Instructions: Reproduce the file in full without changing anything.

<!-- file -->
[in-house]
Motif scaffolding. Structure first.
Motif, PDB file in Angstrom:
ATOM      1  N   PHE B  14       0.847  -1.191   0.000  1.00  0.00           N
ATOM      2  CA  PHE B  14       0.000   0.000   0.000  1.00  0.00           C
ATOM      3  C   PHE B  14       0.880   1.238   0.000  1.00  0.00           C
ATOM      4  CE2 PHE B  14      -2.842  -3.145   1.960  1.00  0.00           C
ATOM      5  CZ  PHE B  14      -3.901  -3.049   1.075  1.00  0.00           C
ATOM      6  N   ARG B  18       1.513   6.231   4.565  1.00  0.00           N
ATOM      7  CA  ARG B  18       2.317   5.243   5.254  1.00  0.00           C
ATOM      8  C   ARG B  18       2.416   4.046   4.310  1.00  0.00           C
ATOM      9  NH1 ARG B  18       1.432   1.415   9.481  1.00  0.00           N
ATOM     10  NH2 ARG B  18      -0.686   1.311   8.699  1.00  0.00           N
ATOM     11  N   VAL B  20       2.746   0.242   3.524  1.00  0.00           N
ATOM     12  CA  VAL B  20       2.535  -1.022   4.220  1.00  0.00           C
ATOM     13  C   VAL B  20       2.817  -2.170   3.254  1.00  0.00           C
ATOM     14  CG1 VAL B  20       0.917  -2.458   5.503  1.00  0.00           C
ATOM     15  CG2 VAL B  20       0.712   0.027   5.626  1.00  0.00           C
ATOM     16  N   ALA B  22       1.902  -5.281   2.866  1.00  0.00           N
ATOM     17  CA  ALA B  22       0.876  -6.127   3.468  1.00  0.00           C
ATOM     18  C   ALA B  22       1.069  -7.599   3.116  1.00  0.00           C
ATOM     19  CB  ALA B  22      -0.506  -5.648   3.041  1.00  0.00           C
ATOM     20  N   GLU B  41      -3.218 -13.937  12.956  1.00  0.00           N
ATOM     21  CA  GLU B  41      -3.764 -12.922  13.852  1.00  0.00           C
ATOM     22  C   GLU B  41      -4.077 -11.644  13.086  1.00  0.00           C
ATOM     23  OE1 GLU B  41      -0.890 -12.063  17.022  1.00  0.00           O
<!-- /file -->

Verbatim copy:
[in-house]
Motif scaffolding. Structure first.
Motif, PDB file in Angstrom:
ATOM      1  N   PHE B  14       0.847  -1.191   0.000  1.00  0.00           N
ATOM      2  CA  PHE B  14       0.000   0.000   0.000  1.00  0.00           C
ATOM      3  C   PHE B  14       0.880   1.238   0.000  1.00  0.00           C
ATOM      4  CE2 PHE B  14      -2.842  -3.145   1.960  1.00  0.00           C
ATOM      5  CZ  PHE B  14      -3.901  -3.049   1.075  1.00  0.00           C
ATOM      6  N   ARG B  18       1.513   6.231   4.565  1.00  0.00           N
ATOM      7  CA  ARG B  18       2.317   5.243   5.254  1.00  0.00           C
ATOM      8  C   ARG B  18       2.416   4.046   4.310  1.00  0.00           C
ATOM      9  NH1 ARG B  18       1.432   1.415   9.481  1.00  0.00           N
ATOM     10  NH2 ARG B  18      -0.686   1.311   8.699  1.00  0.00           N
ATOM     11  N   VAL B  20       2.746   0.242   3.524  1.00  0.00           N
ATOM     12  CA  VAL B  20       2.535  -1.022   4.220  1.00  0.00           C
ATOM     13  C   VAL B  20       2.817  -2.170   3.254  1.00  0.00           C
ATOM     14  CG1 VAL B  20       0.917  -2.458   5.503  1.00  0.00           C
ATOM     15  CG2 VAL B  20       0.712   0.027   5.626  1.00  0.00           C
ATOM     16  N   ALA B  22       1.902  -5.281   2.866  1.00  0.00           N
ATOM     17  CA  ALA B  22       0.876  -6.127   3.468  1.00  0.00           C
ATOM     18  C   ALA B  22       1.069  -7.599   3.116  1.00  0.00           C
ATOM     19  CB  ALA B  22      -0.506  -5.648   3.041  1.00  0.00           C
ATOM     20  N   GLU B  41      -3.218 -13.937  12.956  1.00  0.00           N
ATOM     21  CA  GLU B  41      -3.764 -12.922  13.852  1.00  0.00           C
ATOM     22  C   GLU B  41      -4.077 -11.644  13.086  1.00  0.00           C
ATOM     23  OE1 GLU B  41      -0.890 -12.063  17.022  1.00  0.00           O